Supermarkets must take back defective electrical appliances
After a long transition period, supermarkets and discounters are now also obliged to take back old electrical appliances free of charge. The regulation came into force on July 1 – and comes with some exceptions and caveats.
The goal: more recycling
The new obligation implemented an EU regulation that was issued back in 2012. With it, the EU aims to prevent electronic waste and increase the recycling rate. This, in turn, is in the service of economic and ecological sustainability. For private individuals, the new regulation primarily means easier disposal of old electrical equipment: Whereas previously municipal collection points were primarily responsible for accepting them, it is now possible to simply head for the nearest supermarket.
The companies that accept the equipment are not allowed to simply dispose of it afterwards: they are obliged to ensure that the accepted equipment is reused, reused or recycled. The arrangement is thus aimed in a similar direction to the right to repair introduced by the US state of New York, or the environmental bonus for repairing electrical appliances, which the city of Leipzig has introduced on a trial basis.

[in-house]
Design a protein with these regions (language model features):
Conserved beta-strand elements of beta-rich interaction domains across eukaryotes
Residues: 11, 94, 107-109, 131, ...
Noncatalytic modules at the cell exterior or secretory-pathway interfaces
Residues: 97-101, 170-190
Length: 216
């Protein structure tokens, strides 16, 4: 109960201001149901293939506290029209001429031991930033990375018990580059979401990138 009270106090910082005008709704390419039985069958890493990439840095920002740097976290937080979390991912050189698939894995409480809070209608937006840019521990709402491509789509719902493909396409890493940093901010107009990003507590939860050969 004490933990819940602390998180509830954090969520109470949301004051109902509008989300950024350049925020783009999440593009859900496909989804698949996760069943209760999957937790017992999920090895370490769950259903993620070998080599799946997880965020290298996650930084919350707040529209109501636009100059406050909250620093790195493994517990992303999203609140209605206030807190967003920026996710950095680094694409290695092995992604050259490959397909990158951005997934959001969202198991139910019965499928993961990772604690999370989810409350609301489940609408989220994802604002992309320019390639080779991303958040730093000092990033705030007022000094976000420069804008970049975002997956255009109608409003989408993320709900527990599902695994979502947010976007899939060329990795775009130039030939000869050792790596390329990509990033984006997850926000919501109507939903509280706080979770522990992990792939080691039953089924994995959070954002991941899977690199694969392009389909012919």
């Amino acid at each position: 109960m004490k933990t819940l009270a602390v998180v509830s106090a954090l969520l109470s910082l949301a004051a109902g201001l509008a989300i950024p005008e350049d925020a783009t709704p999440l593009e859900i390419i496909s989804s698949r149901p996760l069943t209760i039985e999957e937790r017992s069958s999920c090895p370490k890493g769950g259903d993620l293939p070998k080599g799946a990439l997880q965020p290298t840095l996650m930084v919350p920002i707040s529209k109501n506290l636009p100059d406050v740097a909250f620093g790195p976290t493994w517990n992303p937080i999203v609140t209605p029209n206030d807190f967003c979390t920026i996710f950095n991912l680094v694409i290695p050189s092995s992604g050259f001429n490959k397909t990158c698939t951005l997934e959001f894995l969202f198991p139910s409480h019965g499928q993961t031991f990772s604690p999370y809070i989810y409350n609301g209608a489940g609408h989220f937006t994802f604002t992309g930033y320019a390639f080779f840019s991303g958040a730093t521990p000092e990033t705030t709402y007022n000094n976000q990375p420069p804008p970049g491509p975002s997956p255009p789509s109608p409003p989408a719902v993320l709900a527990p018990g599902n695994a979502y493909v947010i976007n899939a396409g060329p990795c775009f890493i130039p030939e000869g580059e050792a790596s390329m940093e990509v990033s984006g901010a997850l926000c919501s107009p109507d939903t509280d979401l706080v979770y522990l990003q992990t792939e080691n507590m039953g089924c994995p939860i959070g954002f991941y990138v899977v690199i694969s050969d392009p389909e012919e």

Not every store is obliged
The take-back obligation does not affect every retail store. Only those companies that sell electrical appliances themselves are covered by the new regulation. Furthermore, a certain minimum size must be present: supermarkets, discounters and drugstores must serve at least a sales area of 800 square meters; stores specializing in electrical appliances, on the other hand, are already obligated to accept free of charge from a sales area of 400 square meters.
Another restriction relates to the size of the electrical appliance to be returned: if the edge length is more than 25 centimeters, the appliance must only be accepted if a new electrical appliance is purchased in return. This purchase obligation does not apply to smaller appliances. Returning a large flat-screen TV is thus likely to be more difficult than returning a toaster.
Retailers see themselves as well prepared
Retailers see themselves as well prepared. Antje Gerstein, managing director of the German Retail Association, said retailers are prepared and “on the home stretch with their preparations.” Aldi, Lidl, Edeka and Rewe have already declared that they will implement the new order in all markets without complications.
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